On Lake Garda, along the north-western banks of the lake, some old lemons groves are handing down the old traditions in the cultivation of citrus trees.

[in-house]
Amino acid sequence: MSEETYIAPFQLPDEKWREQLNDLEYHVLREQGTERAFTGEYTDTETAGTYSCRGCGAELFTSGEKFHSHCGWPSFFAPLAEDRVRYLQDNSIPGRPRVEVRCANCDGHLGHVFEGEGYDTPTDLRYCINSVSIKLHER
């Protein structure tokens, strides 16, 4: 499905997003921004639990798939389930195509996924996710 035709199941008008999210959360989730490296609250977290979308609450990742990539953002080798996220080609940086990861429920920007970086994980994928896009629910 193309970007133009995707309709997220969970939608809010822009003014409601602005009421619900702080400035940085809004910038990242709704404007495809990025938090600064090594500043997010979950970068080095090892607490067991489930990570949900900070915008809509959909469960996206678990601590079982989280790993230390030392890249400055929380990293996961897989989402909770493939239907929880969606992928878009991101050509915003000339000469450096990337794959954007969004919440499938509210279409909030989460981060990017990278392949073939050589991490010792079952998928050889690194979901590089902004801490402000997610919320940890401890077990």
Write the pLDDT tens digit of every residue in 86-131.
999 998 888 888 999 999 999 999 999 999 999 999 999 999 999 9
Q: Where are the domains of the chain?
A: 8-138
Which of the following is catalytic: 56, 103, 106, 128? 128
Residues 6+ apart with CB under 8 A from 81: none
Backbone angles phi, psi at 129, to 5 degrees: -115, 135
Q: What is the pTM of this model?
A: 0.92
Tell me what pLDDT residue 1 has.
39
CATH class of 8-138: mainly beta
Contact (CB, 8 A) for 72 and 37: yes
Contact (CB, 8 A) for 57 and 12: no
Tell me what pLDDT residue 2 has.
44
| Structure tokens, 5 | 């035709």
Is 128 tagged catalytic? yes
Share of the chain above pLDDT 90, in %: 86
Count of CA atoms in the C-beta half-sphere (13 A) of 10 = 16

The cultivation of lemons was probably introduced between the 13th and 14th centuries by the Franciscan monks. To the north of Naples, the weakness of citrus plants barely allowed cultivation in the pot. Here on the lake, thanks to the ingenious construction of lemon groves on terraces, which during the cold winter months turned into greenhouses, it was possible to cultivate citrus in the ground, obtaining larger plants that produced numerous fruits. In a short time, lemon production became an important source of income for the inhabitants of the upper lake. In the Renaissance and Modern ages, lemons and citrus fruits, in general, were a product sought after by the great European monarchies both as a source of vitamin C useful for fighting scurvy among sailors and as a base for perfumes and ointments. The fact that Italy was divided into numerous states led to an increase in costs for the transport of lemons from the south, increasing the export of those from the Garda area. After the unification of Italy, local production did not stand up to competition from southern Italy given the higher costs for cultivation, cold winters and also problems with the plants’ health.